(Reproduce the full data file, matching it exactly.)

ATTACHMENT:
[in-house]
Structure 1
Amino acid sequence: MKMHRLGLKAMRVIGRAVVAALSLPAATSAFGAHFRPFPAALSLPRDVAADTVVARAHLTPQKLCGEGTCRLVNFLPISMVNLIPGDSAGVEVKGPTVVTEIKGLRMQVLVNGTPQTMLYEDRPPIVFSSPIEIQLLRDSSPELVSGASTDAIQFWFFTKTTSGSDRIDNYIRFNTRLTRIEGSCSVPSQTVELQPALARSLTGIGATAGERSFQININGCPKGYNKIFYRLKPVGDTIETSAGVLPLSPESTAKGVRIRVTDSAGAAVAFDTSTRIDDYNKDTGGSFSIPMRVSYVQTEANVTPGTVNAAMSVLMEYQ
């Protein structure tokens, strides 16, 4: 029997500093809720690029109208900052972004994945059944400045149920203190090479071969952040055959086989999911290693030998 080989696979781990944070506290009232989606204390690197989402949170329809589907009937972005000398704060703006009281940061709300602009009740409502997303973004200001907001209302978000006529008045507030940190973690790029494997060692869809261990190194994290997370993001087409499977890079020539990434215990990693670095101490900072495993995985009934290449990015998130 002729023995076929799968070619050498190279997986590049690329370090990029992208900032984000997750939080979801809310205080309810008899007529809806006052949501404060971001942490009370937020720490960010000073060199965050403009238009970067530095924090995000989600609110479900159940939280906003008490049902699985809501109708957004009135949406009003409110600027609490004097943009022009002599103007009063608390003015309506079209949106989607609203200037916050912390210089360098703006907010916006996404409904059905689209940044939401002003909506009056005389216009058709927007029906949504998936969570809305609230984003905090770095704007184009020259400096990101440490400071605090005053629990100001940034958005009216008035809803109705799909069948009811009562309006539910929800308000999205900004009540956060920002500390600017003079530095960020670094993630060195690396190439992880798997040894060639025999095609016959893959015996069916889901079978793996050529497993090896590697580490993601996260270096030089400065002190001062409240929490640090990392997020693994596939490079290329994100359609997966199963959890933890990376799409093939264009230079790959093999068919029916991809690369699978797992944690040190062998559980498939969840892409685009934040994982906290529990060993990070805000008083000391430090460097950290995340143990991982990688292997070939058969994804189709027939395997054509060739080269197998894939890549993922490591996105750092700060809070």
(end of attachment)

[in-house]
Structure 1
Amino acid sequence: MKMHRLGLKAMRVIGRAVVAALSLPAATSAFGAHFRPFPAALSLPRDVAADTVVARAHLTPQKLCGEGTCRLVNFLPISMVNLIPGDSAGVEVKGPTVVTEIKGLRMQVLVNGTPQTMLYEDRPPIVFSSPIEIQLLRDSSPELVSGASTDAIQFWFFTKTTSGSDRIDNYIRFNTRLTRIEGSCSVPSQTVELQPALARSLTGIGATAGERSFQININGCPKGYNKIFYRLKPVGDTIETSAGVLPLSPESTAKGVRIRVTDSAGAAVAFDTSTRIDDYNKDTGGSFSIPMRVSYVQTEANVTPGTVNAAMSVLMEYQ
């Protein structure tokens, strides 16, 4: 029997500093809720690029109208900052972004994945059944400045149920203190090479071969952040055959086989999911290693030998 080989696979781990944070506290009232989606204390690197989402949170329809589907009937972005000398704060703006009281940061709300602009009740409502997303973004200001907001209302978000006529008045507030940190973690790029494997060692869809261990190194994290997370993001087409499977890079020539990434215990990693670095101490900072495993995985009934290449990015998130 002729023995076929799968070619050498190279997986590049690329370090990029992208900032984000997750939080979801809310205080309810008899007529809806006052949501404060971001942490009370937020720490960010000073060199965050403009238009970067530095924090995000989600609110479900159940939280906003008490049902699985809501109708957004009135949406009003409110600027609490004097943009022009002599103007009063608390003015309506079209949106989607609203200037916050912390210089360098703006907010916006996404409904059905689209940044939401002003909506009056005389216009058709927007029906949504998936969570809305609230984003905090770095704007184009020259400096990101440490400071605090005053629990100001940034958005009216008035809803109705799909069948009811009562309006539910929800308000999205900004009540956060920002500390600017003079530095960020670094993630060195690396190439992880798997040894060639025999095609016959893959015996069916889901079978793996050529497993090896590697580490993601996260270096030089400065002190001062409240929490640090990392997020693994596939490079290329994100359609997966199963959890933890990376799409093939264009230079790959093999068919029916991809690369699978797992944690040190062998559980498939969840892409685009934040994982906290529990060993990070805000008083000391430090460097950290995340143990991982990688292997070939058969994804189709027939395997054509060739080269197998894939890549993922490591996105750092700060809070």